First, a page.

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Times versus user experience.
01-27-2011, 12:12 AM
Post: #1
Times versus user experience.
I've got a question about the reported load times, start rendering time, document completed time and fully loaded time related to user experience.

Our norm for "page load time" is 4 seconds meaning that a user should see the page within 4 seconds.

A lot of our sites are reported as much slower in web page test. Here is an example: http://www.webpagetest.org/result/110124_88_1DBB/

When we actually load these pages on our computers the pages seem to be really fast (try it yourself).

So I am assuming that reported times in webpagetest are not accurate with regard to "user percieve load time". Am I right?

Any comments?
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01-27-2011, 12:45 AM
Post: #2
RE: Times versus user experience.
What kind of connectivity and which browser are you using on your desktop? Looking at the waterfall, IE8, Firefox and Chrome should all be SIGNIFICANTLY faster than IE7 because of all of the css and js files referenced in the head.

IE7 can only request 2 items at a time from a given domain (and with the base page taking a while, only one other request is being served at a time). Additionally, loading of javascript is a blocking operation for IE7. IE8 bumps the number of parallel requests to 6 so I fully expect it to be close to 3x as fast in your use case (Chrome and Firefox are at least 6, and in some cases even higher).

One of the cool things with WebPagetest is the video recording so you can see what the actual user perceived performance was like. I re-ran the tests with video capture.

Here is the "filmstrip view": http://www.webpagetest.org/video/compare...epeat+View

And a side-by-side video: http://www.webpagetest.org/video/view.ph...52a02a9caa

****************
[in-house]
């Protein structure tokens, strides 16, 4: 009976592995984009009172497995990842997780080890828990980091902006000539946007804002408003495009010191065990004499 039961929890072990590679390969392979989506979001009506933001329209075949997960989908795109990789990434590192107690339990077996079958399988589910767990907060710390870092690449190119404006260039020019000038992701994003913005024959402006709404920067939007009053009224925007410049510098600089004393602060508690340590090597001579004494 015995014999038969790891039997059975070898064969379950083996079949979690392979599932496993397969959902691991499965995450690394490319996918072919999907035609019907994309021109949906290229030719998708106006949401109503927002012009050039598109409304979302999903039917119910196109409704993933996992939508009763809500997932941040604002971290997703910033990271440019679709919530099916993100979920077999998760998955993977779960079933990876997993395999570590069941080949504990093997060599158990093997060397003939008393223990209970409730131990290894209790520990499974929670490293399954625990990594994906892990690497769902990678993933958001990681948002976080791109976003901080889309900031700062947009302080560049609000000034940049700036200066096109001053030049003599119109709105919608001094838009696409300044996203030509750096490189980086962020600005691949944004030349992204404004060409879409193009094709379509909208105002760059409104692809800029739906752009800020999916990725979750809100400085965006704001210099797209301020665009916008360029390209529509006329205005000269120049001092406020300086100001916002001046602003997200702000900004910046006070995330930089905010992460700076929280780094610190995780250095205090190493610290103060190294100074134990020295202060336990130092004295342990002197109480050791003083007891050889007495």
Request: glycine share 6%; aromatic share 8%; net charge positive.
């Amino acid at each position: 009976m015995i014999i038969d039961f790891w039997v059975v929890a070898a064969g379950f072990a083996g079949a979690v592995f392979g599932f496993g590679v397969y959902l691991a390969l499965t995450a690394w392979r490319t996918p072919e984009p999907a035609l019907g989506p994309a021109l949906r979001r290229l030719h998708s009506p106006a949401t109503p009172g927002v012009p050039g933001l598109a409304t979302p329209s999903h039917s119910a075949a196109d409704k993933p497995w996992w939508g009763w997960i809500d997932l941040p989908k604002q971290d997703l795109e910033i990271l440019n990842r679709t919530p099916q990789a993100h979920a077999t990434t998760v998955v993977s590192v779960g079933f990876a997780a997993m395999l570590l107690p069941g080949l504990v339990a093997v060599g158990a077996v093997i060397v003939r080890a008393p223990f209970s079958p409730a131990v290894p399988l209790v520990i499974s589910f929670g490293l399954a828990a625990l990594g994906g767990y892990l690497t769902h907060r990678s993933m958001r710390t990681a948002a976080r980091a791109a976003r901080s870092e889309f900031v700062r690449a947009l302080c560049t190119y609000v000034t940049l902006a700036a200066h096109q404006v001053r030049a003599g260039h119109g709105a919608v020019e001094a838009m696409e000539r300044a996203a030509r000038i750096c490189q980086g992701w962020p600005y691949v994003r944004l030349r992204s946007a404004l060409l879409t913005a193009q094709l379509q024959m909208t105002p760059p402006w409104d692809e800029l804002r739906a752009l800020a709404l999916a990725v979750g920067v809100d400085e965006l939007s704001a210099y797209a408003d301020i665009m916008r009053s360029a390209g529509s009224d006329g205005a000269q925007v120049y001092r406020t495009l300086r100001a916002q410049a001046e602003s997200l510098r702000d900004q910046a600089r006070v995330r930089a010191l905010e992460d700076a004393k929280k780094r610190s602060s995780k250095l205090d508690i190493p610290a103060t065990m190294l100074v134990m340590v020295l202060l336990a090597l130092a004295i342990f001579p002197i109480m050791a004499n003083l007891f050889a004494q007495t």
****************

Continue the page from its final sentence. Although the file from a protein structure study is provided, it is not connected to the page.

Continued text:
Looks like the bulk of the content popped to the screen at around 4 seconds with the "new" tags filling in on the menu at around 5.5 seconds.
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01-27-2011, 01:05 AM
Post: #3
RE: Times versus user experience.
FWIW, 10 external css files and 13 external javascript files is pretty extreme. If you merged them together into one of each the page would load at least 2 seconds faster, even in IE7. Combine that with image spriting and you could get the load times under 2 seconds pretty easily.
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01-27-2011, 02:00 AM
Post: #4
RE: Times versus user experience.
Thanks Patrick. But I think your missing the point here. I use IE7 loading the site at my office PC as well as at home. A lot of customers are using IE7 as well and there are even quite a lot of them using IE6. They are experiencing http://www.xperthr.co.uk as very fast. When I hand clock load time at the office or at home it loads in 1,5 seconds. Even with a cold cache.

So I was wondering whether the absolute numbers webpagetest is reporting are accurate.
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01-27-2011, 04:37 AM
Post: #5
RE: Times versus user experience.
What are your ping times from your home and office connections to the server? Not missing the point, the numbers are accurate from where they are being measured on the system they are being measured on. The video capture is literally what was displayed in the browser when it was loading.

It looks like the ping times from the test machine to your server was ~70ms and looking at the waterfall that's likely the limiting faster. If you have faster ping times you'll get faster page loads. You can tune the default connectivity settings if you want to measure with lower latency than the default profile (in the advanced settings).
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01-28-2011, 04:09 AM
Post: #6
RE: Times versus user experience.
Ping times from my location is much faster indeed. It's ~27 ms. So that's probably the reason why we experience a faster loadtime in real life. Thanks for explaining.
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